90% of Singapore’s residents own a home. What’s their secret?

Updated: Jun. 5, 2019 at 3:15 PM HST
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SINGAPORE (HawaiiNewsNow) - Hawaii leaders are looking across the Pacific Ocean for possible solutions to help ease Hawaii’s housing pinch.

An affordable housing delegation from Hawaii ― made up of lawmakers, state and city housing officials, developers, architects, entrepreneurs, and community advocates ― traveled to Singapore last month to learn how the island nation overcame a major housing crisis and now touts one of the highest home ownership rates in the world.

"The fundamental reason why Singapore's housing model works is because supply and demand are in balance," said State Sen. Stanley Chang, who led the delegation. "In Hawaii, we have demand (up) and supply (down), so the problem gets worse and worse and worse every year."

Singapore is about the size of Molokai, but it’s population is close to 6 million people. That’s more than five times the population of Hawaii.

Before the 1960s, hundreds of thousands of Singaporeans were living in slums and overcrowded settlements. But today, more than 90 percent of residents own their home thanks to the government’s Housing and Development Board.

“There are many benefits to homeownership, not only for the people, but also for the country as a whole,” said Jenny Foo, a communications manager with HDB.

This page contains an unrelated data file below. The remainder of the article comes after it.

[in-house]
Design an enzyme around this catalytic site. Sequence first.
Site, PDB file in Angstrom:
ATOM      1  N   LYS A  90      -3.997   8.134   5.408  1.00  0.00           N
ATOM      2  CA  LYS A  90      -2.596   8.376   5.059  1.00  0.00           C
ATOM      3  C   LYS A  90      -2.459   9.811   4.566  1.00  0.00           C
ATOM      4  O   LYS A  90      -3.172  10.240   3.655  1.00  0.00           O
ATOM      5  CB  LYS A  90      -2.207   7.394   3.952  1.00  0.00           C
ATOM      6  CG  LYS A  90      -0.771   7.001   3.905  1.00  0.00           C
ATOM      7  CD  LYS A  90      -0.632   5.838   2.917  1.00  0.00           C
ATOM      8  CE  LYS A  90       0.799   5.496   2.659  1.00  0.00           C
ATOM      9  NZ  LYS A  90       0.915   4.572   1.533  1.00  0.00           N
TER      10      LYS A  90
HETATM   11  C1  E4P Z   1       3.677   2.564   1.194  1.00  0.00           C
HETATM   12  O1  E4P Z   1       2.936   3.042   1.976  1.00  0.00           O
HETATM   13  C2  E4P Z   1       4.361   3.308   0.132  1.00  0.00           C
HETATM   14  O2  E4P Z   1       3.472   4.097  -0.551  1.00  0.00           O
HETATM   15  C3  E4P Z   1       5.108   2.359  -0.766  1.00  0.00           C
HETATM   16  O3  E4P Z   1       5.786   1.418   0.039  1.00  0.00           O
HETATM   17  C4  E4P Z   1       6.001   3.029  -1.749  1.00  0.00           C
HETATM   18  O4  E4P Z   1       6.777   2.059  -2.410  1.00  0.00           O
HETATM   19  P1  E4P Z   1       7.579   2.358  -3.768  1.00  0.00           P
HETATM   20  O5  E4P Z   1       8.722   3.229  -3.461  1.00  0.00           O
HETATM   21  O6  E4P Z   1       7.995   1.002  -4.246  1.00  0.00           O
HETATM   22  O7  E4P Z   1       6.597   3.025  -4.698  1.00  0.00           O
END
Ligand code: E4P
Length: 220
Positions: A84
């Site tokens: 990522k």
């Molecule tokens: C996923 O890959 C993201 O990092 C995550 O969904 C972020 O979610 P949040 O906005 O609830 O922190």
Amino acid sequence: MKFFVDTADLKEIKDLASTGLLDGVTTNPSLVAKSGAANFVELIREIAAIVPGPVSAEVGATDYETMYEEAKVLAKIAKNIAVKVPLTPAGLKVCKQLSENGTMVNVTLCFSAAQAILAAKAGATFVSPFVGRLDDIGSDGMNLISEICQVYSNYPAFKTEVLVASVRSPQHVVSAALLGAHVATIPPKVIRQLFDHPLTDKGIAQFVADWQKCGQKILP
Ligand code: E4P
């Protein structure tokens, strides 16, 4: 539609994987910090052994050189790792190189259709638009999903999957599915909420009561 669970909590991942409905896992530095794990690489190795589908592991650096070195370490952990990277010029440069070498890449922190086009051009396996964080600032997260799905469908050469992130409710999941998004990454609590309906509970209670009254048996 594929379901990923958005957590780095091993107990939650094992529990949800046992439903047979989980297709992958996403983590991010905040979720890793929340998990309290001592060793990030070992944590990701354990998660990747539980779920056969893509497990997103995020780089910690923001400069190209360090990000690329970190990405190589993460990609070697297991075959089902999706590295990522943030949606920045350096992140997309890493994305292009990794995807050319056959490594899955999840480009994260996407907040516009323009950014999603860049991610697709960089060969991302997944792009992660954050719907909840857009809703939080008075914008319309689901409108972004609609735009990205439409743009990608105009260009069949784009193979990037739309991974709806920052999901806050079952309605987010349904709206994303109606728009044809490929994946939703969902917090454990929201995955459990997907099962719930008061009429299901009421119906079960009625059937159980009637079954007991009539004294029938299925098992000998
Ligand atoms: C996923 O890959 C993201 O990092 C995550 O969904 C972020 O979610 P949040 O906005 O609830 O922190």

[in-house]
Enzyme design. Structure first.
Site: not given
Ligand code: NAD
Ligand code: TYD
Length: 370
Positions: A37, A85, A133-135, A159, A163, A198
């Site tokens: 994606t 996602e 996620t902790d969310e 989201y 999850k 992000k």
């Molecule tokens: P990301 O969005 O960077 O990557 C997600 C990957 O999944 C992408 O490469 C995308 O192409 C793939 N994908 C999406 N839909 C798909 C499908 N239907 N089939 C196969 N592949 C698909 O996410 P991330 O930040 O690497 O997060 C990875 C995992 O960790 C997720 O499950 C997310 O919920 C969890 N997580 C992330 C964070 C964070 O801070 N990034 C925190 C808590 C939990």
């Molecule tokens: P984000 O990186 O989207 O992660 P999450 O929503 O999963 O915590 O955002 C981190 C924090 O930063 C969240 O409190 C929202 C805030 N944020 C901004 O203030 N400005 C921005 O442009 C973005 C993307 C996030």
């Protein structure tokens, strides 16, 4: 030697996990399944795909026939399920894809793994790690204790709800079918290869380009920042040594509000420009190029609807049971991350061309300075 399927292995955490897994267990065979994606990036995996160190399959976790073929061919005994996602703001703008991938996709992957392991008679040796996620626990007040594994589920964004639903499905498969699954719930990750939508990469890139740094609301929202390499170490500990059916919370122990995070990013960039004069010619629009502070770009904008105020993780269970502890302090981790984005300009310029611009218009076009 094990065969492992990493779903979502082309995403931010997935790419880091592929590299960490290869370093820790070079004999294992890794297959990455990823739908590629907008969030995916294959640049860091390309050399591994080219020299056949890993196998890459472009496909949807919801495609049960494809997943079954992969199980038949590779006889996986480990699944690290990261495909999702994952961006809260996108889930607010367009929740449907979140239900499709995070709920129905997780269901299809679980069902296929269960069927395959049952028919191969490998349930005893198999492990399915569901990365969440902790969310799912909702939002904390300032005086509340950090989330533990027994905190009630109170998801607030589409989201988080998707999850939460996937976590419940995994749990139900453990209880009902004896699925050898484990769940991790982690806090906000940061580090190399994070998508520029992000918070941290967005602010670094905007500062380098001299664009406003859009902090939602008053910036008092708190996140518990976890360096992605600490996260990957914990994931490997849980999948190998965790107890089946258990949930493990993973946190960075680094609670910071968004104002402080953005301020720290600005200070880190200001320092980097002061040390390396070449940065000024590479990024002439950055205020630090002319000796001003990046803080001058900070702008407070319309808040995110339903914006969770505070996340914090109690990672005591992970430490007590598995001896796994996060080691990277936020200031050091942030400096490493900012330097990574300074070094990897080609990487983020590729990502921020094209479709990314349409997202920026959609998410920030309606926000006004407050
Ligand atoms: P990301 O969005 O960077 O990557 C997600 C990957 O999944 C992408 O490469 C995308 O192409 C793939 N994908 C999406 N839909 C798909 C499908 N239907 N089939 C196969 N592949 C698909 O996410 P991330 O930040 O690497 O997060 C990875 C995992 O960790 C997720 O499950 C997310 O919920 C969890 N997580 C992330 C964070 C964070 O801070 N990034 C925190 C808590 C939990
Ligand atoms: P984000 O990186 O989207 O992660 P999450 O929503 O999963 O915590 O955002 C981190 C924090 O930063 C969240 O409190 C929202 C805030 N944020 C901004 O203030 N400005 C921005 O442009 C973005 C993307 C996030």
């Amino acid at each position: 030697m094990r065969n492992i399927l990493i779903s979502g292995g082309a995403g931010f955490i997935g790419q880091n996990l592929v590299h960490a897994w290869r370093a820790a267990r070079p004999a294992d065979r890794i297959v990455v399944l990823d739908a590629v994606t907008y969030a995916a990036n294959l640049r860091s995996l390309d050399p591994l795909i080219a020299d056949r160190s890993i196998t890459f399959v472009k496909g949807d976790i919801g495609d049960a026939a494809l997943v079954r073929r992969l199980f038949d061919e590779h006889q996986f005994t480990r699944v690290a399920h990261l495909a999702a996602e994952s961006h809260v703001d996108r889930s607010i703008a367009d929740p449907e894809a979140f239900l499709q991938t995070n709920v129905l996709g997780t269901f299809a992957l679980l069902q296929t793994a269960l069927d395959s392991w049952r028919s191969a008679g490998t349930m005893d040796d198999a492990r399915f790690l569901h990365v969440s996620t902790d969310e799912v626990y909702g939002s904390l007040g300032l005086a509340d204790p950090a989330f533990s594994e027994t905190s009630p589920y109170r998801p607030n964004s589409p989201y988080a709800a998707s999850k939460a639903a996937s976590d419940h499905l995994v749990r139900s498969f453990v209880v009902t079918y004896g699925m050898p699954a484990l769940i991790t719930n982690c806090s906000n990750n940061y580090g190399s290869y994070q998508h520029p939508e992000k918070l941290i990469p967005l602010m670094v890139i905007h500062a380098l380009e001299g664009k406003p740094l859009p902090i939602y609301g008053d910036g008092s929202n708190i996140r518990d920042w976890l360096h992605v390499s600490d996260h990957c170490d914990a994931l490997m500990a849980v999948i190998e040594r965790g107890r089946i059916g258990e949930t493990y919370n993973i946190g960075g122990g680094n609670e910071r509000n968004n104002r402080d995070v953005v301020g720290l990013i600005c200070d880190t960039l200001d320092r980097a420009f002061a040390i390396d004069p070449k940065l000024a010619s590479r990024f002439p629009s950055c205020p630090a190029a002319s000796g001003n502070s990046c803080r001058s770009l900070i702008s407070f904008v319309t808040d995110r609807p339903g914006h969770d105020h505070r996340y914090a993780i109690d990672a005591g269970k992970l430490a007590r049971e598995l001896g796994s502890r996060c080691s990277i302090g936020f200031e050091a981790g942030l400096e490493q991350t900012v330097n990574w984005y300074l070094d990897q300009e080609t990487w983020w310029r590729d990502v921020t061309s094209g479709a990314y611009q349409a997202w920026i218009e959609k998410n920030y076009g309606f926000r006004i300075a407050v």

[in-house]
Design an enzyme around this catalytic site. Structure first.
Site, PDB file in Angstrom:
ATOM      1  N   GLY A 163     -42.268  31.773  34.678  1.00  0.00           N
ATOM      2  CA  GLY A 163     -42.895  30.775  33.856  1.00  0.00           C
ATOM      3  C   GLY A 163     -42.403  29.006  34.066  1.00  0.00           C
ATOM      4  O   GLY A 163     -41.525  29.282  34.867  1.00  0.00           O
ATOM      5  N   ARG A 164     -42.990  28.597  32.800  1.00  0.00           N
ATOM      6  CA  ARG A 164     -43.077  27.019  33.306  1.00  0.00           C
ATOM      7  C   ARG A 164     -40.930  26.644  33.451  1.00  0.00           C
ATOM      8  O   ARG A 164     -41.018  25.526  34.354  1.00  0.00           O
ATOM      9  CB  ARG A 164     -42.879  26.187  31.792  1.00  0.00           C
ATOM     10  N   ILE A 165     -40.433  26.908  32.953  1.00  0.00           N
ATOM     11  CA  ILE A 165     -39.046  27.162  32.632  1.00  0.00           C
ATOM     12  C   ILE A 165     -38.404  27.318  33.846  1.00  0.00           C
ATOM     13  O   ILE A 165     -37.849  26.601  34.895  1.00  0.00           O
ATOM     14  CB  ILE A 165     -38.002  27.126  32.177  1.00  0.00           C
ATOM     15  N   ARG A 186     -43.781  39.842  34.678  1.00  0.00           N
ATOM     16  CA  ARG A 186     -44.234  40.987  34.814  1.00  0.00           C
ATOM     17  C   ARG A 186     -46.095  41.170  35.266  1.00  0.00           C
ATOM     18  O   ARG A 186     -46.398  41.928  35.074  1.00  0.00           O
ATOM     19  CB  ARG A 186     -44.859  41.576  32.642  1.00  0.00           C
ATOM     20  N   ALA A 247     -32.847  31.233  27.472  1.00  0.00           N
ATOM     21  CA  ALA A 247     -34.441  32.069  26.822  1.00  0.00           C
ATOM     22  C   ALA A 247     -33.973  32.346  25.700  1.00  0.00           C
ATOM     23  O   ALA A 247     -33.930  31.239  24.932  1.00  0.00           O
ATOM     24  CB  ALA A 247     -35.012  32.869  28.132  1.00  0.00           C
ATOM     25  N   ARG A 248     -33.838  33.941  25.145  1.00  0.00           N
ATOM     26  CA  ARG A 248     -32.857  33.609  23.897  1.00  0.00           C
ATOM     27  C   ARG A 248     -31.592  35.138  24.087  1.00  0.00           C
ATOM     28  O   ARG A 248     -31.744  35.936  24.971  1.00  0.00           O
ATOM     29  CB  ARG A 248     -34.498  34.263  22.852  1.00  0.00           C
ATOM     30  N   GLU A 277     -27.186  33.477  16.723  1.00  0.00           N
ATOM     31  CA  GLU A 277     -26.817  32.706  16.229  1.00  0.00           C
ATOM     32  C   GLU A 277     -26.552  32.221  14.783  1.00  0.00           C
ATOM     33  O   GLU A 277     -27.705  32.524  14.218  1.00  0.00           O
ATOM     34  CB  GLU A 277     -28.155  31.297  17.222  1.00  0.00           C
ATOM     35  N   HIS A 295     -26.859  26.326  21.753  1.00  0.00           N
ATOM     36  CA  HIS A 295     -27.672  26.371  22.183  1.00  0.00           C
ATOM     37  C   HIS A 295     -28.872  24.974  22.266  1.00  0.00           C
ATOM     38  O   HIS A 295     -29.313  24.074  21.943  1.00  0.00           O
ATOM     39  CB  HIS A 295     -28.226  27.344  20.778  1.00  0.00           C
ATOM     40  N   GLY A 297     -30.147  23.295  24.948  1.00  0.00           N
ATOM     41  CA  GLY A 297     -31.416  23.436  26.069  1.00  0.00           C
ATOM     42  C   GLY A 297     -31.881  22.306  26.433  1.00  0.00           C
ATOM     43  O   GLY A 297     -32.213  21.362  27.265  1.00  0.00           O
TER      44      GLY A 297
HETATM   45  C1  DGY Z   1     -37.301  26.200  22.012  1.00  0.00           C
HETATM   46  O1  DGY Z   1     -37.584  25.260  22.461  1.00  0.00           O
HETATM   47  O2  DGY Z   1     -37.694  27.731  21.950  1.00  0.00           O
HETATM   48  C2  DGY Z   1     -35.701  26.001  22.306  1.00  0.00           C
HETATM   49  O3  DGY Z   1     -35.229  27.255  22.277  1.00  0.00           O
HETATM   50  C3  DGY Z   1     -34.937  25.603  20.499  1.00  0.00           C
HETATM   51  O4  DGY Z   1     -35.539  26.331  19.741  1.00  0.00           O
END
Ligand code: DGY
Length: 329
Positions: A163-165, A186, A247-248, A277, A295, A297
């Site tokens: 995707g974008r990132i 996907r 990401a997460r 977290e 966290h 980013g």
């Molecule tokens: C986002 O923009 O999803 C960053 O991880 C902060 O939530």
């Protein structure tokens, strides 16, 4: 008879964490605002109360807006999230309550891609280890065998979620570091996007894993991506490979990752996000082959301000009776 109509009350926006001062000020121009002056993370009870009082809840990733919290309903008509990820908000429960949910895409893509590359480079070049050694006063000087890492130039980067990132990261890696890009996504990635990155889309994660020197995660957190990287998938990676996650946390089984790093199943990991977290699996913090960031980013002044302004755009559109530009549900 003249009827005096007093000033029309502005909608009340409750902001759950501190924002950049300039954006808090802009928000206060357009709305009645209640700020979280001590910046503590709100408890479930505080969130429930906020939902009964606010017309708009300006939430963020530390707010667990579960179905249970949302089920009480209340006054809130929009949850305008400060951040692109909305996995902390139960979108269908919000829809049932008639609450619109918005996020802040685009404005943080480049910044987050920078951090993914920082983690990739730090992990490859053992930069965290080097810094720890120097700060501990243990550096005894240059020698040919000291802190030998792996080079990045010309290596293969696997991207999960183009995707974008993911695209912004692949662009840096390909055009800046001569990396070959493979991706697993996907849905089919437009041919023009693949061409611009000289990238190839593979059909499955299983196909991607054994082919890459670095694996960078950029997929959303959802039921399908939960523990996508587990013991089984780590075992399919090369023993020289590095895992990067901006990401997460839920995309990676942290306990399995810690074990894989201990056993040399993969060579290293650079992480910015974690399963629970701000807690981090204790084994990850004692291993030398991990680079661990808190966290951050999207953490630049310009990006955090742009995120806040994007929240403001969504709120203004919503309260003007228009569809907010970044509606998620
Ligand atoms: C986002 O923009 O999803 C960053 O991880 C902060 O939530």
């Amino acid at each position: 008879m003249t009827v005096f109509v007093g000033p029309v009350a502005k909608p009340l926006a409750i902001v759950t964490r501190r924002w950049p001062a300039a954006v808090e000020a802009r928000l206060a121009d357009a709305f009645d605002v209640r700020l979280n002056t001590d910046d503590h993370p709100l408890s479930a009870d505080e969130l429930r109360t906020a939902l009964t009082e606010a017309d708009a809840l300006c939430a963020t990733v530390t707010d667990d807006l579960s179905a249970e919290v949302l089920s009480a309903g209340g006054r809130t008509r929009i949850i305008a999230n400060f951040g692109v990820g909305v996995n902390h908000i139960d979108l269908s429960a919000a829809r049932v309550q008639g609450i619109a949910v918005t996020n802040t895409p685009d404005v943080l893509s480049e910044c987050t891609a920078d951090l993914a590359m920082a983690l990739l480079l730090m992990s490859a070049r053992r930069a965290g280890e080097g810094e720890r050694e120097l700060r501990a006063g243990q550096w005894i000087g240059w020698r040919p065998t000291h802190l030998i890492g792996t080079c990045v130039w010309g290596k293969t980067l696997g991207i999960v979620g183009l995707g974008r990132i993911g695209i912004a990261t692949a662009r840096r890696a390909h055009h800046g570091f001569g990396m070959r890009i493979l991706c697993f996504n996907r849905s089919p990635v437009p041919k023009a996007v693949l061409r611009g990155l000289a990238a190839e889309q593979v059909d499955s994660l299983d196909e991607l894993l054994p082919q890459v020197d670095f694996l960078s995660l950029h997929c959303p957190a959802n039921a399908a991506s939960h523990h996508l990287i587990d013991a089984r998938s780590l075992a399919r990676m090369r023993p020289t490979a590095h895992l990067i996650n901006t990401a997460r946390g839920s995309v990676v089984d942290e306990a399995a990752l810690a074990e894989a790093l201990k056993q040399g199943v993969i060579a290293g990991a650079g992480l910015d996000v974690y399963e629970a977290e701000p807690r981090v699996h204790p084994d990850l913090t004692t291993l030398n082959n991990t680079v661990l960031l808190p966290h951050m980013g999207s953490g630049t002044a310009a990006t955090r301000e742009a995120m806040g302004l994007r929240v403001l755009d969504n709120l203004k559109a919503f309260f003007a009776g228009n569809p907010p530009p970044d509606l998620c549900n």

For decades, HDB has been building huge public housing projects on government-owned land, selling each flat with a 99-year lease, below market value, and with generous government subsidies.

Only residents are allowed to participate in the public housing program, and HDB officials say the lower the family’s income, the higher the government subsidies.

Foo says a family earning less than $1,500 a month could qualify for an $80,000 housing grant.

Today, the agency has built more than a million units and more than 80 percent of Singaporeans live in those projects.

"A household can own only one HDB flat at any one time. They would have to occupy the flat for at least five years before they can rent it out or sell the flat in the open market," said Foo.

Inside HDB, the lobby is packed with families anxiously waiting for their numbers to be called, so they can begin the process of buying a new home.

Monitors show the available units at each housing project and what ethnic groups ― Malaysian, Chinese, Indian, and other ― are allowed to buy there.

"Every HDB estate is a mini Singapore in terms of its resident mix," Foo said.

Upstairs are the model homes, ranging from two bedrooms to five.

Fabian Ho, 27, and his wife are getting ready to move from her parents’ house into their brand new three-bedroom flat, which they bought for under $200,000.

"We've been waiting for this unit for about three and a half years," said Ho. "This is the first time we're officially owning a place on our own, so we are really looking forward to it."

Many Singaporeans are able to afford a home, thanks to a mandatory government savings program called the Central Provident Fund.

Working residents below the age of 55 are required to put 20 percent of each paycheck into their CPF account. Employers must contribute another 17 percent.

That money is then distributed into three different buckets -- for housing, healthcare, and retirement -- with generous interest rates of up to five percent.

There are income caps and the contribution rates change as residents age.

“Members can actually use these savings to buy their homes,” said Jeslyn Su, CPF’s Deputy Director of Housing Schemes. “They can use that money to pay for their down payments, their housing loans.”

Those who are self-employed can opt-out of the program.

The program is somewhat controversial. Some residents say they don’t like to be told by the government how to spend their money.

But Su says saving is necessary to ensure a secure retirement.